Step 1. Apply to set aside a garnishing order
If a creditor obtains a garnishing order against you, you can apply to court to set aside (or “release”) the order. You might argue that the order causes you serious financial hardship. Or that the order isn’t necessary to ensure you pay the judgment.
The first step is to prepare a court form to start the application. Which form you use depends on where the garnishing order was obtained.
- If the garnishing order was obtained in Small Claims Court, prepare an Application to a Judge (Small Claims Form 17). The form includes instructions on how to fill it out.
- If the garnishing order was obtained in Supreme Court, prepare a Requisition (Supreme Court Form 17). The BC Supreme Court website has an information package, with instructions, on release of a garnishing order.
Your material should explain why it would be “just in all the circumstances” to release the garnishing order. For example, if you’re claiming the order causes you serious financial hardship, provide a snapshot of your financial situation. Include a statement of finances and any other information that backs up your position. (See the Small Claims Court Statement of Finances or, for Supreme Court, the information package includes a statement of finances.)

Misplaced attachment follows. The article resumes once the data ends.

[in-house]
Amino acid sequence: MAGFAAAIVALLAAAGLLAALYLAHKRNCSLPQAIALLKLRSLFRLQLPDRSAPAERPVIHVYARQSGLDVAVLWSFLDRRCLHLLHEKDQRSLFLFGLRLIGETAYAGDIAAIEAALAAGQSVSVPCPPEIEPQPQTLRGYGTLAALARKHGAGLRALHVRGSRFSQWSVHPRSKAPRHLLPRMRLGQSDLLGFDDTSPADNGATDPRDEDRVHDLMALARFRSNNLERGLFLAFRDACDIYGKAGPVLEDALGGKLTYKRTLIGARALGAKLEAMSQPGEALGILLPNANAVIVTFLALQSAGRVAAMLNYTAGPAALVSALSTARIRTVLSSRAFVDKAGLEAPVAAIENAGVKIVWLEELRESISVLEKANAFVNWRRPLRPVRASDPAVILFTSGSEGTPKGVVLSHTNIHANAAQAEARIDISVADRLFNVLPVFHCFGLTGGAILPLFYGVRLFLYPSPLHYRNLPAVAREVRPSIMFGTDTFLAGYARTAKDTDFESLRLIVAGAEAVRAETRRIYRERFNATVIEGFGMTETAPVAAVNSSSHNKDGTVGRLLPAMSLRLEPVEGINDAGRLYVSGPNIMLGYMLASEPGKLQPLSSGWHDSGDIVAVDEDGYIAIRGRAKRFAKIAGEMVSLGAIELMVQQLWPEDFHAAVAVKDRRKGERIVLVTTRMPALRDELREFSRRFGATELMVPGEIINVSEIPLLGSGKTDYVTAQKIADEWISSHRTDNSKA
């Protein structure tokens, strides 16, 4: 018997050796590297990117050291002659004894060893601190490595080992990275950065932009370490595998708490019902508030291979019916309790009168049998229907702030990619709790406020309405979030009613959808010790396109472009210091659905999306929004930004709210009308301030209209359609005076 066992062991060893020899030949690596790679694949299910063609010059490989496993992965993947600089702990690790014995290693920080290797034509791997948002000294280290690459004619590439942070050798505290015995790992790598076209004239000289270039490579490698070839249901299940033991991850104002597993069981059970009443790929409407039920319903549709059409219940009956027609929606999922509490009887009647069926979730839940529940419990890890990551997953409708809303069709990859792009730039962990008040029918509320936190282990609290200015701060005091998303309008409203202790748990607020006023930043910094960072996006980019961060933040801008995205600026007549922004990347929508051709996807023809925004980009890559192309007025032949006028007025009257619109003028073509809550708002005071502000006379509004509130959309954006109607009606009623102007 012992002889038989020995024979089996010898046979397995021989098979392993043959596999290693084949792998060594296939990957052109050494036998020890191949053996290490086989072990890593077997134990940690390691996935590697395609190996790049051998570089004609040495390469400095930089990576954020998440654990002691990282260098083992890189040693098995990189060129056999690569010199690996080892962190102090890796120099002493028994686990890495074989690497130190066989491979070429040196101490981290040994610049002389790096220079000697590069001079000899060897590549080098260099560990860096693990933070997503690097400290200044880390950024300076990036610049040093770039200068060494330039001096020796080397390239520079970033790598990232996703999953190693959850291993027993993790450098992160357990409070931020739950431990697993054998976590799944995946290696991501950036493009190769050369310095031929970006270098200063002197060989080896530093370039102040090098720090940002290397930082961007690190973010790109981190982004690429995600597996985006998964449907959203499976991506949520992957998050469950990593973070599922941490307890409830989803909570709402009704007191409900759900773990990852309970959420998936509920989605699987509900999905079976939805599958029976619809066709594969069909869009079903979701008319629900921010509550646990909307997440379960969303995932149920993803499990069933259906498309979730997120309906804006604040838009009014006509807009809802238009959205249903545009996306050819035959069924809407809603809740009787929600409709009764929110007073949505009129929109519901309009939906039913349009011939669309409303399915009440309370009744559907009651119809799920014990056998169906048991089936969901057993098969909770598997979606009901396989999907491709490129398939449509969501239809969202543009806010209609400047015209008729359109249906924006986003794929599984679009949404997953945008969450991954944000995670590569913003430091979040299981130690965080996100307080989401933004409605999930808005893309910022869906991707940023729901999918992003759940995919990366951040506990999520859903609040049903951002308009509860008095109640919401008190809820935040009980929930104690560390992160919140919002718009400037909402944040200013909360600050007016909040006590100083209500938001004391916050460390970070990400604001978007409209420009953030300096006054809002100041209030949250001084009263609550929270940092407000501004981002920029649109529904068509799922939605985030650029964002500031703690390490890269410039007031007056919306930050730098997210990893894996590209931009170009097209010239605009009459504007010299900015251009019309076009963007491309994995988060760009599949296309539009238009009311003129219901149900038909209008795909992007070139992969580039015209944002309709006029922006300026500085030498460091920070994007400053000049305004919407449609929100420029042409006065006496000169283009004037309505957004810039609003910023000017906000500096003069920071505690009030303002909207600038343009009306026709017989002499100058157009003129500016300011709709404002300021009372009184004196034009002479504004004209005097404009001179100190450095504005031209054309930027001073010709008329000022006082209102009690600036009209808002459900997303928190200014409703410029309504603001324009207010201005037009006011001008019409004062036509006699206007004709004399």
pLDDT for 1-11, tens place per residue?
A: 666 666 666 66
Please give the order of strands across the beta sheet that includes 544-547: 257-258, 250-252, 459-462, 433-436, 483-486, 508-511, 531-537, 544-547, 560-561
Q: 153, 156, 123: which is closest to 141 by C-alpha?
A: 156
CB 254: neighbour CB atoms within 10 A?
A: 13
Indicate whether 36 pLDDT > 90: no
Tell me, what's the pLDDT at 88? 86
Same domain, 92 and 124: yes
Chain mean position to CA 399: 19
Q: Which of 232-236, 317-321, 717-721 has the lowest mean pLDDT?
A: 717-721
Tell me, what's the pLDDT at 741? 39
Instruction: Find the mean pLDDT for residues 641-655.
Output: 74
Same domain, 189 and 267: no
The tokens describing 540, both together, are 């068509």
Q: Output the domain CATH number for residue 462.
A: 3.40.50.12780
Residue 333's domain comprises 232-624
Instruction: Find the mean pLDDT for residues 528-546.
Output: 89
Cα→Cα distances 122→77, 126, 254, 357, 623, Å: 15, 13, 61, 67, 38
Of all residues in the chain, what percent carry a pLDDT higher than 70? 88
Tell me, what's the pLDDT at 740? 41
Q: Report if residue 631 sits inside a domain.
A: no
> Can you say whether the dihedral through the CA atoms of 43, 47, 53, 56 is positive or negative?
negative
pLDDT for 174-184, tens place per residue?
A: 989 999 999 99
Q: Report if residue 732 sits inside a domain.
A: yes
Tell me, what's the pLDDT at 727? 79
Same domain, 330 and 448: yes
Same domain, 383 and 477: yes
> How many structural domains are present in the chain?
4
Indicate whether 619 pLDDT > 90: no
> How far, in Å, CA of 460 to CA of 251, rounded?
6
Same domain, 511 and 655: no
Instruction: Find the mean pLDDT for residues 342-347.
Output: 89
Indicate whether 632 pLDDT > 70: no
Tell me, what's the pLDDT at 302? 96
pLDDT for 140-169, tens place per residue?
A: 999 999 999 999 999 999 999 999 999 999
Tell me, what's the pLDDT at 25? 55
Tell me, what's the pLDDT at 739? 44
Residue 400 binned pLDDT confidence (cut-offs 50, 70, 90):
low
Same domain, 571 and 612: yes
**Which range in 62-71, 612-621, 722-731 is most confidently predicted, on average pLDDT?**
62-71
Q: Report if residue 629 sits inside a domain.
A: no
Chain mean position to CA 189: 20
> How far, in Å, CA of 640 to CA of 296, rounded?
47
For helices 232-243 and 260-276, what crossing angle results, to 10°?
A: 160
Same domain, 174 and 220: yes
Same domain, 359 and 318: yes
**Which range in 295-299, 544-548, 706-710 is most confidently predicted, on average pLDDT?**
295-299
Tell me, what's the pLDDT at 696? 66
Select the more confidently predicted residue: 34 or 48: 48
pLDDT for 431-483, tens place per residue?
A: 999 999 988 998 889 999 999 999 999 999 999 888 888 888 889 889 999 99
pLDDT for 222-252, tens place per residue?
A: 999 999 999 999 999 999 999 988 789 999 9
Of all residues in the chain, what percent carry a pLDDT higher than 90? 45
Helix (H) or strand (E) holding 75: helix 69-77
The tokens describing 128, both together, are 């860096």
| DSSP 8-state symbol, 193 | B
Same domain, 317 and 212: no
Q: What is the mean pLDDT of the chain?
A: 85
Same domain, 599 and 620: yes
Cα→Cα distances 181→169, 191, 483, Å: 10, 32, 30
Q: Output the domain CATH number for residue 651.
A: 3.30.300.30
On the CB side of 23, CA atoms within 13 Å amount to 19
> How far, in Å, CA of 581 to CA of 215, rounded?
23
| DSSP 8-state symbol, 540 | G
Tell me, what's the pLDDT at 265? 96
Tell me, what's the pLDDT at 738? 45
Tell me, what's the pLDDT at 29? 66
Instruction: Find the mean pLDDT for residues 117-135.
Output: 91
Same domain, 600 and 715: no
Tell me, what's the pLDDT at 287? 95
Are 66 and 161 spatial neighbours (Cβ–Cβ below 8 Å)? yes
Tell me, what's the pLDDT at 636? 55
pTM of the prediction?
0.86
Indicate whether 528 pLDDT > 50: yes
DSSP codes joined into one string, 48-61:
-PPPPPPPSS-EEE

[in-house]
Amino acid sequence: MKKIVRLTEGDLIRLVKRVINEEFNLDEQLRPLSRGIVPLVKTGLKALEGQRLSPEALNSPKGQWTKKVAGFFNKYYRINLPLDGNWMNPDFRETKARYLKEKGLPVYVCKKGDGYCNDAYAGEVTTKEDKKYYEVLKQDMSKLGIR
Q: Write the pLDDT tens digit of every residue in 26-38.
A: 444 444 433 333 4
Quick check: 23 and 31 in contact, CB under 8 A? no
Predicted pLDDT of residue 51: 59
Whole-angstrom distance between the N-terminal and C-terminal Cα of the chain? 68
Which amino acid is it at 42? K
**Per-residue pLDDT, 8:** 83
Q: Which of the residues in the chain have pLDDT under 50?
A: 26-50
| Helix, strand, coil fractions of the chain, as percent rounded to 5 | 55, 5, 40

Step 2. File and serve the application
File the application in the relevant court registry location nearest to where you live:
Under the law in BC, a court can release a garnishing order without telling the creditor it has done so. Still, it’s usually best to serve the application on the other party.
You can serve the application in various ways, such as leaving a copy with the other party or sending it by snail mail to the other party’s address. Check the service rules of Small Claims Court or Supreme Court for more details.
Step 3. Attend the court hearing
Attend court on the day of your scheduled hearing. Try to arrive a bit early to give yourself time to locate the courtroom.
When your case is called, tell the judge you’re making an application to release a garnishing order. Explain the facts that support your position. Address the judge as “Your Honour”.
The judge will make one of the following decisions:
- Grant your order and release all the money held in court.
- Grant an order to release only some of the money held in court.
- Refuse to grant your order.